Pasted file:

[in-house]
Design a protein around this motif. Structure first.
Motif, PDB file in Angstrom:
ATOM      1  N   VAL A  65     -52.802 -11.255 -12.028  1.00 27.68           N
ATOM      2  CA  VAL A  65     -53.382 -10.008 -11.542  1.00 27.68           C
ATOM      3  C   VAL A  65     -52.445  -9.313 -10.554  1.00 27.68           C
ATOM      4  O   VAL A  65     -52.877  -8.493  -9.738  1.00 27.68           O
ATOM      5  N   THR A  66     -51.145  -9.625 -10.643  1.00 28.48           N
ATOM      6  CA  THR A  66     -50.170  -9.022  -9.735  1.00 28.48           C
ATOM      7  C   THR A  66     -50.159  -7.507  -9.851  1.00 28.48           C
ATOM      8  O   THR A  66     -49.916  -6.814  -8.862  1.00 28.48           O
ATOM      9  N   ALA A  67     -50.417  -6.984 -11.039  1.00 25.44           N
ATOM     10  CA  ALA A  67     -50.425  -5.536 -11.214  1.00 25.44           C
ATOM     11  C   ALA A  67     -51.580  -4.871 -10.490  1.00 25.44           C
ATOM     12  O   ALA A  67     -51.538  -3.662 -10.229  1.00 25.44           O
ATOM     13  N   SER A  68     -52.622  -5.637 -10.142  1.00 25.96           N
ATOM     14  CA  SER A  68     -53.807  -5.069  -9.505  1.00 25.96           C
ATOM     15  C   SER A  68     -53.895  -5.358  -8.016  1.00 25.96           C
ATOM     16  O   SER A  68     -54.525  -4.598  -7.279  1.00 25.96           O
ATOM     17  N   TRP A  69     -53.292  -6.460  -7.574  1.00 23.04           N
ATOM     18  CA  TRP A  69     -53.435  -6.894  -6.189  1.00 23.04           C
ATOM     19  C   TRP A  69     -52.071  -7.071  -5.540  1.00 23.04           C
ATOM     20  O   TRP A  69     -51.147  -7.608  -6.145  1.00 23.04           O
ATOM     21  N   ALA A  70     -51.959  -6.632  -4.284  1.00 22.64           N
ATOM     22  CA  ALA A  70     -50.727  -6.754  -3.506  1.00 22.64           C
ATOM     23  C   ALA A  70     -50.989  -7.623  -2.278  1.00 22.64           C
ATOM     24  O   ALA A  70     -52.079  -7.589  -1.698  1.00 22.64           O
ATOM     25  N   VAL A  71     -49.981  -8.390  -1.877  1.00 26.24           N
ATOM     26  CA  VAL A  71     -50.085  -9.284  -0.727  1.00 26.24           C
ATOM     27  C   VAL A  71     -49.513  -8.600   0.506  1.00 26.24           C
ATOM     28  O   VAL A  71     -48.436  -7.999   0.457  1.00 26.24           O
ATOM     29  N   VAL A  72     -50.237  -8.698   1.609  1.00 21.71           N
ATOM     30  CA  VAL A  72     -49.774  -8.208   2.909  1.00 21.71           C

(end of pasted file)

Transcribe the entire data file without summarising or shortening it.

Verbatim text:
[in-house]
Design a protein around this motif. Structure first.
Motif, PDB file in Angstrom:
ATOM      1  N   VAL A  65     -52.802 -11.255 -12.028  1.00 27.68           N
ATOM      2  CA  VAL A  65     -53.382 -10.008 -11.542  1.00 27.68           C
ATOM      3  C   VAL A  65     -52.445  -9.313 -10.554  1.00 27.68           C
ATOM      4  O   VAL A  65     -52.877  -8.493  -9.738  1.00 27.68           O
ATOM      5  N   THR A  66     -51.145  -9.625 -10.643  1.00 28.48           N
ATOM      6  CA  THR A  66     -50.170  -9.022  -9.735  1.00 28.48           C
ATOM      7  C   THR A  66     -50.159  -7.507  -9.851  1.00 28.48           C
ATOM      8  O   THR A  66     -49.916  -6.814  -8.862  1.00 28.48           O
ATOM      9  N   ALA A  67     -50.417  -6.984 -11.039  1.00 25.44           N
ATOM     10  CA  ALA A  67     -50.425  -5.536 -11.214  1.00 25.44           C
ATOM     11  C   ALA A  67     -51.580  -4.871 -10.490  1.00 25.44           C
ATOM     12  O   ALA A  67     -51.538  -3.662 -10.229  1.00 25.44           O
ATOM     13  N   SER A  68     -52.622  -5.637 -10.142  1.00 25.96           N
ATOM     14  CA  SER A  68     -53.807  -5.069  -9.505  1.00 25.96           C
ATOM     15  C   SER A  68     -53.895  -5.358  -8.016  1.00 25.96           C
ATOM     16  O   SER A  68     -54.525  -4.598  -7.279  1.00 25.96           O
ATOM     17  N   TRP A  69     -53.292  -6.460  -7.574  1.00 23.04           N
ATOM     18  CA  TRP A  69     -53.435  -6.894  -6.189  1.00 23.04           C
ATOM     19  C   TRP A  69     -52.071  -7.071  -5.540  1.00 23.04           C
ATOM     20  O   TRP A  69     -51.147  -7.608  -6.145  1.00 23.04           O
ATOM     21  N   ALA A  70     -51.959  -6.632  -4.284  1.00 22.64           N
ATOM     22  CA  ALA A  70     -50.727  -6.754  -3.506  1.00 22.64           C
ATOM     23  C   ALA A  70     -50.989  -7.623  -2.278  1.00 22.64           C
ATOM     24  O   ALA A  70     -52.079  -7.589  -1.698  1.00 22.64           O
ATOM     25  N   VAL A  71     -49.981  -8.390  -1.877  1.00 26.24           N
ATOM     26  CA  VAL A  71     -50.085  -9.284  -0.727  1.00 26.24           C
ATOM     27  C   VAL A  71     -49.513  -8.600   0.506  1.00 26.24           C
ATOM     28  O   VAL A  71     -48.436  -7.999   0.457  1.00 26.24           O
ATOM     29  N   VAL A  72     -50.237  -8.698   1.609  1.00 21.71           N
ATOM     30  CA  VAL A  72     -49.774  -8.208   2.909  1.00 21.71           C